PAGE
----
Getting back to our code, in our first then block, we specify that we want the raw JSON data that our fetch call returns:

fetch("https://ipinfo.io/json")
  .then(function (response) {
    return response.json();
  })
  .then(function (myJson) {
    console.log(myJson.ip);
  })
  .catch(function (error) {
    console.log("Error: " + error);
  });

In the next then block, which gets called after the previous one completes, we process the returned data further by narrowing in on the property that will give us the IP address and printing it to the console:

fetch("https://ipinfo.io/json")
  .then(function (response) {
    return response.json();
  })
  .then(function (myJson) {
    console.log(myJson.ip);
  })
  .catch(function (error) {
    console.log("Error: " + error);
  });

How do we know that the IP address is going to be stored by the ip property from our returned JSON data? The easiest way is by referring to the ipinfo.io developer documentation! Every web service will have its own format for returning data when requested. It's up to us to take a few moments and figure out what the response will look like, what parameters we may need to pass in as part of the request to tune the response, and how we need to write our code to get the data that we want. As an alternative to reading the developer documentation, you can always inspect the response returned by the request via the developer tools. Use whichever approach is convenient for you.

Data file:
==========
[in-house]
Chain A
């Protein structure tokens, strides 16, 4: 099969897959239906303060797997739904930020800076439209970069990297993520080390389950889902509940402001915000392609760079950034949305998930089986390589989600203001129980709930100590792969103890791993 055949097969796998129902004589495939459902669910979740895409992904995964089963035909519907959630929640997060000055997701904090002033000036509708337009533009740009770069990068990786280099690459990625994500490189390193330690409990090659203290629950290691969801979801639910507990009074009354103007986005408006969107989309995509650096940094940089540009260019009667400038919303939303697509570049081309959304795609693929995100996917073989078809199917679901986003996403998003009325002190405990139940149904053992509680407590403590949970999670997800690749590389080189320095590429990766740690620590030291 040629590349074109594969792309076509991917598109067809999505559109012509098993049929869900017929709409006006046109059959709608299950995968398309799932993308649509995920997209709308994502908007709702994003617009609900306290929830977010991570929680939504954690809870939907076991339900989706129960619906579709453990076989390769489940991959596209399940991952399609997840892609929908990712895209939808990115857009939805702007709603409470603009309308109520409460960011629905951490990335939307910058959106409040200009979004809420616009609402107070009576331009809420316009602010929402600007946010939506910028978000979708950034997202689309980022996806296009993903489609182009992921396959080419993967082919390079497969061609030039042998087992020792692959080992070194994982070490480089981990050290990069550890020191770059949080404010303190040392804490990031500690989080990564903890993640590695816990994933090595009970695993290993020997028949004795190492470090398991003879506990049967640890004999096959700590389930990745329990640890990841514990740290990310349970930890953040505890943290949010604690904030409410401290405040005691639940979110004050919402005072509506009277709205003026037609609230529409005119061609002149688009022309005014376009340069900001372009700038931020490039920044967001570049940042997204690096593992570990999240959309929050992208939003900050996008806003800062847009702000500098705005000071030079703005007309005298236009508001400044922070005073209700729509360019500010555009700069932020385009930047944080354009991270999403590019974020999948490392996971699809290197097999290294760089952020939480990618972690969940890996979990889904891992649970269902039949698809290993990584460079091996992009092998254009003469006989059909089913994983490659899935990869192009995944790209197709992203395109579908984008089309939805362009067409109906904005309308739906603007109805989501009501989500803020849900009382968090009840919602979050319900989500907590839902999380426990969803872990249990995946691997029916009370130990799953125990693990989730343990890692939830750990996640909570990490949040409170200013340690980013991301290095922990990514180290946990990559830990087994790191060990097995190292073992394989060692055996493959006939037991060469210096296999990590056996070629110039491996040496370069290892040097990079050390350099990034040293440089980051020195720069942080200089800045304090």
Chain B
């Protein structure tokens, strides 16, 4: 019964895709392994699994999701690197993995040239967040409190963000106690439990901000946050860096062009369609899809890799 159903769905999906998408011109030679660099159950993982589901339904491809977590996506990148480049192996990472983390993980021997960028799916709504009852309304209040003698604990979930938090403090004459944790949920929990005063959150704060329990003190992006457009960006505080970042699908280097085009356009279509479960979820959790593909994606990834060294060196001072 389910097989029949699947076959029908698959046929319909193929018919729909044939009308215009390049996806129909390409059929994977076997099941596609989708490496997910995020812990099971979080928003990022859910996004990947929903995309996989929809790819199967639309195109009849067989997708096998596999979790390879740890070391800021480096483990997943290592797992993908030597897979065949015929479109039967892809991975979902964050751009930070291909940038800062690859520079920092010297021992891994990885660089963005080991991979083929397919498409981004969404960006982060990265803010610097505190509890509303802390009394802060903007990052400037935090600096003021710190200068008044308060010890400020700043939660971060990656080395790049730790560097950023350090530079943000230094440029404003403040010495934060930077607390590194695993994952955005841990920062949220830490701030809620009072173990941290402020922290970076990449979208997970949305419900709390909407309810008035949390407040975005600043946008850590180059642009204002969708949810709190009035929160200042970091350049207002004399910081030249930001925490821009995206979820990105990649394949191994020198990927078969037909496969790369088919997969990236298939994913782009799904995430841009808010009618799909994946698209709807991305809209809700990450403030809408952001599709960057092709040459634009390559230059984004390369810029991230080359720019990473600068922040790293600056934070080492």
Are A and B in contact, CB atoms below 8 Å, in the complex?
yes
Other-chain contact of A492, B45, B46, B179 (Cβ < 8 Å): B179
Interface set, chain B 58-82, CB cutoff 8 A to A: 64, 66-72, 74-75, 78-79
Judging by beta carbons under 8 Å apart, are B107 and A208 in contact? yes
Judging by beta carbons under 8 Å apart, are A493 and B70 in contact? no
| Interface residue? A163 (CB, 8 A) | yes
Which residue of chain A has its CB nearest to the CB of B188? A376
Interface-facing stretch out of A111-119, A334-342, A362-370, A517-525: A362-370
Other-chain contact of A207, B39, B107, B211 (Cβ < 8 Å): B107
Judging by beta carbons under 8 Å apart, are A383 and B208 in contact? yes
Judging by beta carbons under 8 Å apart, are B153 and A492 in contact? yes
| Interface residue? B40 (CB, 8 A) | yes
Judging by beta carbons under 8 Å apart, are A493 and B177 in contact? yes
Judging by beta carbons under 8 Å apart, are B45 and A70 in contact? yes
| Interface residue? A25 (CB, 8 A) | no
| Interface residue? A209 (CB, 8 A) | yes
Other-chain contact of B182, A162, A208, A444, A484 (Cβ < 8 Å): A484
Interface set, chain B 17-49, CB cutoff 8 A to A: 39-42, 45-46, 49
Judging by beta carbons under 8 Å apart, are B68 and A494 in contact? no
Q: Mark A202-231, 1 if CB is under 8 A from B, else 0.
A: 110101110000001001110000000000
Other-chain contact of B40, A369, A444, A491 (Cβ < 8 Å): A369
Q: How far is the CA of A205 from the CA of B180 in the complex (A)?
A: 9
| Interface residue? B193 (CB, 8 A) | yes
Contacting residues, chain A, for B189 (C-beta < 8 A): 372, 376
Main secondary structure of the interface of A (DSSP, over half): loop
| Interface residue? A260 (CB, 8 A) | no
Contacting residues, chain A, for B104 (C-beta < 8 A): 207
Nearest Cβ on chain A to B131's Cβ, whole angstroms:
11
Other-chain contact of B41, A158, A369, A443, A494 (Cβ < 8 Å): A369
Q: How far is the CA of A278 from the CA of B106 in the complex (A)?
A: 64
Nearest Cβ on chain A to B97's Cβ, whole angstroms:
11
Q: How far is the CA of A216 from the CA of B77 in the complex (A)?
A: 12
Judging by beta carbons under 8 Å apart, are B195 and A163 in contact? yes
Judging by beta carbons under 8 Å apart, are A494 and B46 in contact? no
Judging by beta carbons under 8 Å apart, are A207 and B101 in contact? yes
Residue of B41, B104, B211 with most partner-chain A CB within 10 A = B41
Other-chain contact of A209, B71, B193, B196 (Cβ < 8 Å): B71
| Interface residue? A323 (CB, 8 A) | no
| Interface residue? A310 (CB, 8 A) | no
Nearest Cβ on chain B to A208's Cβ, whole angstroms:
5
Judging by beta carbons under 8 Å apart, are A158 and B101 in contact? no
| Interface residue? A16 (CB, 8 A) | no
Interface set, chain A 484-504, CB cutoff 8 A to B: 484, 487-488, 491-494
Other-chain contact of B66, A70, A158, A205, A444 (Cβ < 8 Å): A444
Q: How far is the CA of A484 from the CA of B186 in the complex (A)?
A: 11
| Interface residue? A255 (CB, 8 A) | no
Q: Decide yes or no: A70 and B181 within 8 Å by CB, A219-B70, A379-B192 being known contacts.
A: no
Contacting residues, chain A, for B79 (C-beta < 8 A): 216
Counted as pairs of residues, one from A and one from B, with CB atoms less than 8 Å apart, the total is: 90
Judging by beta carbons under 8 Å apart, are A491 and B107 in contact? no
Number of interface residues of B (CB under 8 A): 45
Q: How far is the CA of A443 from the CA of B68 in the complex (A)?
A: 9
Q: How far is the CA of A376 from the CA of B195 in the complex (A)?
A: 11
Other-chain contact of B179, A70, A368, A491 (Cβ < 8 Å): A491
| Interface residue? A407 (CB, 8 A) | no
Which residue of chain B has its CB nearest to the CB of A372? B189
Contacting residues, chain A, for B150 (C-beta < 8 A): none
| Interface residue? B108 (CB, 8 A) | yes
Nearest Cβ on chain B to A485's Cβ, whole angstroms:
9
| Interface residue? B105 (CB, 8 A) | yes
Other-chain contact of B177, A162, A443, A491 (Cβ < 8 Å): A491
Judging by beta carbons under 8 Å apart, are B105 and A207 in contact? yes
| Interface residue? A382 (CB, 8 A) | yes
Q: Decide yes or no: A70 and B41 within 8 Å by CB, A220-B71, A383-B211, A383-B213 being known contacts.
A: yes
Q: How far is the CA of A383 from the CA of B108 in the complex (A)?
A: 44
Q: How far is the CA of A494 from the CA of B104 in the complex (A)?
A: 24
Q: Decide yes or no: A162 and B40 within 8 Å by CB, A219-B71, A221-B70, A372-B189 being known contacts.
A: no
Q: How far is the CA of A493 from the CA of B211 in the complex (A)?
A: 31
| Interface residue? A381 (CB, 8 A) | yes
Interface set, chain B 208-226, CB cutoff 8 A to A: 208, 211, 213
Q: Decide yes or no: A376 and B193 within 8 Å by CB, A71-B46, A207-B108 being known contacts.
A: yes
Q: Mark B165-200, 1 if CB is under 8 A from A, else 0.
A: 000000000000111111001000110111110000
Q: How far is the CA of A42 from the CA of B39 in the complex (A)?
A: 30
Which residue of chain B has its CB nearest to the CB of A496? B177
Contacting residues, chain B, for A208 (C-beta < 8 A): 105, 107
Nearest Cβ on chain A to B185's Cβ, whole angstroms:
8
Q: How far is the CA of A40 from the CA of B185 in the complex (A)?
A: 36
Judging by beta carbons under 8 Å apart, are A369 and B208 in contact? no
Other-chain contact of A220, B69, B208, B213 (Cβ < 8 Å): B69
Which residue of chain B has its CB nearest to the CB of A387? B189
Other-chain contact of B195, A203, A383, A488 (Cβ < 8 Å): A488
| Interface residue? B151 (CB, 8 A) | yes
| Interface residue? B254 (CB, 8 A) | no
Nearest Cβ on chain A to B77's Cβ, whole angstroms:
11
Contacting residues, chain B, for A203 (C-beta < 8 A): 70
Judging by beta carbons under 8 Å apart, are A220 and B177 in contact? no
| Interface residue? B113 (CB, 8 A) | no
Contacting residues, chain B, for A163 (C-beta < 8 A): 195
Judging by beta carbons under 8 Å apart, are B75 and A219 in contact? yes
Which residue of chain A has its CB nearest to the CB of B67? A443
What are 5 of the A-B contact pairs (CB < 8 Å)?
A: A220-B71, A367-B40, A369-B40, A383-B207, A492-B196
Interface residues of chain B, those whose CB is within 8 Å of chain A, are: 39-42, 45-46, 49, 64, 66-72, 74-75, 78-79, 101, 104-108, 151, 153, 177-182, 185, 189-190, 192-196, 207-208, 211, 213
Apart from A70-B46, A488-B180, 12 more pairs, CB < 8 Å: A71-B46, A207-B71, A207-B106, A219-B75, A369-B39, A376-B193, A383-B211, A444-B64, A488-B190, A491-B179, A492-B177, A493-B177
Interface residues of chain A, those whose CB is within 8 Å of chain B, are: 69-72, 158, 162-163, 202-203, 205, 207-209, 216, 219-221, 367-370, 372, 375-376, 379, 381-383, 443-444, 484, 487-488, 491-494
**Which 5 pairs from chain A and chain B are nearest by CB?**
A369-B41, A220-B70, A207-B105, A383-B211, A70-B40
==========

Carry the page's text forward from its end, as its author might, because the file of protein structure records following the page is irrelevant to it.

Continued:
We aren’t done with our code just yet. Sometimes the promise will result in an error or a failed response. When that happens, our promise will stop going down the chain of then blocks and look for a catch block instead. The code in this catch block will then execute. Our catch block looks as follows: